Welcome to No Limit Sound Productions

Company Founded

Our services include Sound Engineering, Audio Post-Production, System Upgrades and Equipment Consulting.
Our mission is to provide excellent quality and service to our customers. We do customized service.

Monday, October 14, 2013

Moog Memorymoog

Analogue Polysynth (Retro)


Reviews : Keyboard 


thanks for
the memory?


As a child, NORMAN FAY was cruelly cheated of the thing he wanted most -- a Memorymoog.

Never one to bear a grudge, he reviews Moog's most unruly synth with the benefit of hindsight. In the rogue's gallery of analogue 'classics' fetching ever higher prices on the second-hand market these days, an especially prized item is Moog's Memorymoog, a hefty polyphonic synth with a reputation for producing the strongest, most powerful analogue sounds since Moog's early modular synths.

When speaking to keyboard players about the Memorymoog, the response you'll often get is one of unabashed gear lust -- lots of players badly want one of these, and the few examples which appear for sale disappear very quickly. This has led to a strange state of affairs where many of the people who most want a Memorymoog have never actually played one!
If you speak to someone who has owned a Memorymoog for any length of time, though, you may hear a different story. Yes, they sound fantastic, but the distressing and occasionally downright bizarre tales of unreliability may come as a shock to those of us reared on modern synthesizers -- you know, ones that actually work.




The Memorymoog was the last instrument marketed by Moog Music -- a later polysynth, the SL8, was exhibited at at least one trade show, but never put on sale, owing to the company's bankruptcy. At the time of the Memorymoog's release -- 1982 in Britain, a little earlier in America -- it was greatly sought after. A polyphonic version of the much-loved Minimoog was bound to be a winner -- one merely wonders why the company didn't try to produce it earlier.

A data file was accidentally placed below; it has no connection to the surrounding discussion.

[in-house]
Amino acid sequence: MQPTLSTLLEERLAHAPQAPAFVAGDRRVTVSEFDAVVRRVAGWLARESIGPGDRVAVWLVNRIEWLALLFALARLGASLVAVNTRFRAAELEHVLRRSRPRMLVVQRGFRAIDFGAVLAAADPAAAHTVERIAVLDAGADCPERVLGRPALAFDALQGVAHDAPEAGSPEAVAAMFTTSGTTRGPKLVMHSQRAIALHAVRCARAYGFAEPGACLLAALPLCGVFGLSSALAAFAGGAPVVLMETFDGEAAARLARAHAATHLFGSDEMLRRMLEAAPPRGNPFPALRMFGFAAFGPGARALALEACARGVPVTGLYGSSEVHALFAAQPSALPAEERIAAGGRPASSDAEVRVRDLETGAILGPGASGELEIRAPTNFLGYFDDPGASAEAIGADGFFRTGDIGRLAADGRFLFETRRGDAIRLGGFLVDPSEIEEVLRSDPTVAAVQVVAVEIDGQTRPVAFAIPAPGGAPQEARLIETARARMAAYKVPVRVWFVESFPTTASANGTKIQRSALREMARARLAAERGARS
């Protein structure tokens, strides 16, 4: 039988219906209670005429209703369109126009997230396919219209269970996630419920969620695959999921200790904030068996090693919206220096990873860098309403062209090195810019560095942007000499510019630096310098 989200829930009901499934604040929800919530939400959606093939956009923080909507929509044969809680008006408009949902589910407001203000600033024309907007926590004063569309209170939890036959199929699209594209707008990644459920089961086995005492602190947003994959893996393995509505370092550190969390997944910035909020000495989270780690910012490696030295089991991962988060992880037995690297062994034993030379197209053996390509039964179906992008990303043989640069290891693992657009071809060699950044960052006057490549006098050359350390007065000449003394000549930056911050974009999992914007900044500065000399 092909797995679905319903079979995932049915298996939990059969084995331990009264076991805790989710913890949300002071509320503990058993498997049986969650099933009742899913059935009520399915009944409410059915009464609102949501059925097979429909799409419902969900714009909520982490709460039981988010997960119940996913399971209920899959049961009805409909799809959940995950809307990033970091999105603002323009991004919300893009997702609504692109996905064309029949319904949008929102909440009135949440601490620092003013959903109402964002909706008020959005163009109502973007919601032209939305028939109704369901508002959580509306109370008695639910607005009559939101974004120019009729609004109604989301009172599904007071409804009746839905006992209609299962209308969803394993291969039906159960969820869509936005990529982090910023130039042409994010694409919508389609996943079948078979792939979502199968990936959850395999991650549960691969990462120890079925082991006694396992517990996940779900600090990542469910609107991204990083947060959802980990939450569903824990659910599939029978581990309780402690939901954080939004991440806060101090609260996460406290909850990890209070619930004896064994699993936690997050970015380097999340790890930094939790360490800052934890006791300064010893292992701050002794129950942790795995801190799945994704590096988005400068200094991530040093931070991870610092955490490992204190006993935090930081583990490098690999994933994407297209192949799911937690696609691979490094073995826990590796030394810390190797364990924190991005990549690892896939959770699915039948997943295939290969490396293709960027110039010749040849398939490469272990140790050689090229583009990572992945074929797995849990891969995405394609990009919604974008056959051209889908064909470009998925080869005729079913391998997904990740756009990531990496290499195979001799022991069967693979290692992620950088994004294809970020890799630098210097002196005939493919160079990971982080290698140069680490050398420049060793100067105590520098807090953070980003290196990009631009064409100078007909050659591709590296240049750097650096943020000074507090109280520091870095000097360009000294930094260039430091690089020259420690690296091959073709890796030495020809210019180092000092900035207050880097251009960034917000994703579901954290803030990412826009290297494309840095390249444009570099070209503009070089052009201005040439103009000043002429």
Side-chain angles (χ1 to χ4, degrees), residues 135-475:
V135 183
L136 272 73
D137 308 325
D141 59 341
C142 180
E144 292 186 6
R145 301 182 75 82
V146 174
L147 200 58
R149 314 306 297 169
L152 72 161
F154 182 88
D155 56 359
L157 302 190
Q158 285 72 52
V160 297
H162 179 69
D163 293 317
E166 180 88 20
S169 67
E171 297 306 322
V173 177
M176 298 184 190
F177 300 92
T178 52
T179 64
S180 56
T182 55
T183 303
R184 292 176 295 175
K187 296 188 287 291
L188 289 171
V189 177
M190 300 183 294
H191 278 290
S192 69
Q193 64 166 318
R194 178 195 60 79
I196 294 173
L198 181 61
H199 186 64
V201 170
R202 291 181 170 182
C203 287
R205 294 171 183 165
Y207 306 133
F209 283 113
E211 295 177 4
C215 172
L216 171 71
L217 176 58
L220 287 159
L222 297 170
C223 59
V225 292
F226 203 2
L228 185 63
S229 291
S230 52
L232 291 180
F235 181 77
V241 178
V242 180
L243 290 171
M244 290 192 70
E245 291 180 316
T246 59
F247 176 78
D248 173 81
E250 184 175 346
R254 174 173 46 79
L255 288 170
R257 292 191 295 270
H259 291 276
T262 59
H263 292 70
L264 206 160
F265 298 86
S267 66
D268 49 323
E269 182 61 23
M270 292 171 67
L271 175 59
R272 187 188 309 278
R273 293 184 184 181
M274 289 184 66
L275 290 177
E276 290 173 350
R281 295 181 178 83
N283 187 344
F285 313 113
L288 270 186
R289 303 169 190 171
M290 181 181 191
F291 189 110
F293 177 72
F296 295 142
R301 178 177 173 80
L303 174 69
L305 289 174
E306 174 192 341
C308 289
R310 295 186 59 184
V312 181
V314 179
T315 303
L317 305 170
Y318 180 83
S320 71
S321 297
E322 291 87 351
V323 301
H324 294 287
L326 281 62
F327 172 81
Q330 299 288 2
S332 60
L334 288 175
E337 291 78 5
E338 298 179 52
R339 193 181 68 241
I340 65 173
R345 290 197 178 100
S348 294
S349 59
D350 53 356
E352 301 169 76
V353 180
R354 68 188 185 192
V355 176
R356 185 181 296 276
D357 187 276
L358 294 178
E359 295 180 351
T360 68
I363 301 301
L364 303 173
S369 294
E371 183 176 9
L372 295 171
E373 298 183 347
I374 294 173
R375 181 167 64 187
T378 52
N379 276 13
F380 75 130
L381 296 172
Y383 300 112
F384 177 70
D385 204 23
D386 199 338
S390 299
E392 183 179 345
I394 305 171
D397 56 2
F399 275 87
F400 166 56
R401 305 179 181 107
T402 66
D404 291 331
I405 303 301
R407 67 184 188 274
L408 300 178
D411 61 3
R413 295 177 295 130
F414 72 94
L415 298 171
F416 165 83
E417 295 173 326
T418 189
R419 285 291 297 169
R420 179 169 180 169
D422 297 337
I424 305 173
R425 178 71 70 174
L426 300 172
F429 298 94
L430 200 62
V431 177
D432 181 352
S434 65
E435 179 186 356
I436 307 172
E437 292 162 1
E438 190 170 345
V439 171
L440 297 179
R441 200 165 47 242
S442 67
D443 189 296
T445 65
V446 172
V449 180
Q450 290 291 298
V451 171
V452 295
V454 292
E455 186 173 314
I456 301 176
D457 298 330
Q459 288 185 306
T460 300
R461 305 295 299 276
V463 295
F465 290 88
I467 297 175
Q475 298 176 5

It was, it must be said, very expensive, well out of reach of anyone who wasn't a professional musician, though a glimpse at adverts of the time shows that it was slightly cheaper than some of its contemporaries; instruments such as the Roland Jupiter 8 or the Oberheim OBXa.

At the time I, along with many other young synthesizer fans, would spend many happy hours in the local music store, annoying the sales assistants there with our inept attempts at playing. The Memorymoog was the most popular instrument with us -- there was no doubt that it sounded far better than any of its competitors, so there was always a queue to play it. None of us could actually afford one, of course, but we could dream...

In the North East, where I grew up, most of the people who actually could afford Memorymoogs and the like played in covers bands on the working men's club circuit [and me Uncle Albert used to breed whippets -- Ed]. The majority of these players sold their big analogue polysynths when the Yamaha DX7 appeared on the market. To the modern synthesist, obsessed with knobs and switches, the idea of selling a Memorymoog to buy a DX7 may seem like like the act of a madman, but to a working musician at the time, it made a lot of sense. The DX7 was smaller, lighter, more reliable, and most importantly, made better piano and organ sounds.

For a short while, and as a direct result of the success of the DX7, many of today's big collector's instruments were available second-hand, to those of us on a budget. Memorymoogs sold fastest, so much so that I bought a Rhodes Chroma because I never managed to put a deposit down on a Memorymoog in time!

Those with rich parents or good jobs got a nice-looking 6-note polyphonic keyboard for their £3100, with each voice being an improved version of the Minimoog. You got three oscillators with triangle, sawtooth and variable pulse waveforms, selectable individually or in any combination -- sawtooth and triangle mix particularly well! You could synchronise VCO2 to VCO1, which offered an advantage over the Minimoog, as well as other analogue polysynths. With the Memorymoog's extra oscillator, you could even get oscillator sync and swirly detune effects at the same time. The three VCOs can be mixed together with pink noise if you so desire, and then routed through the filter.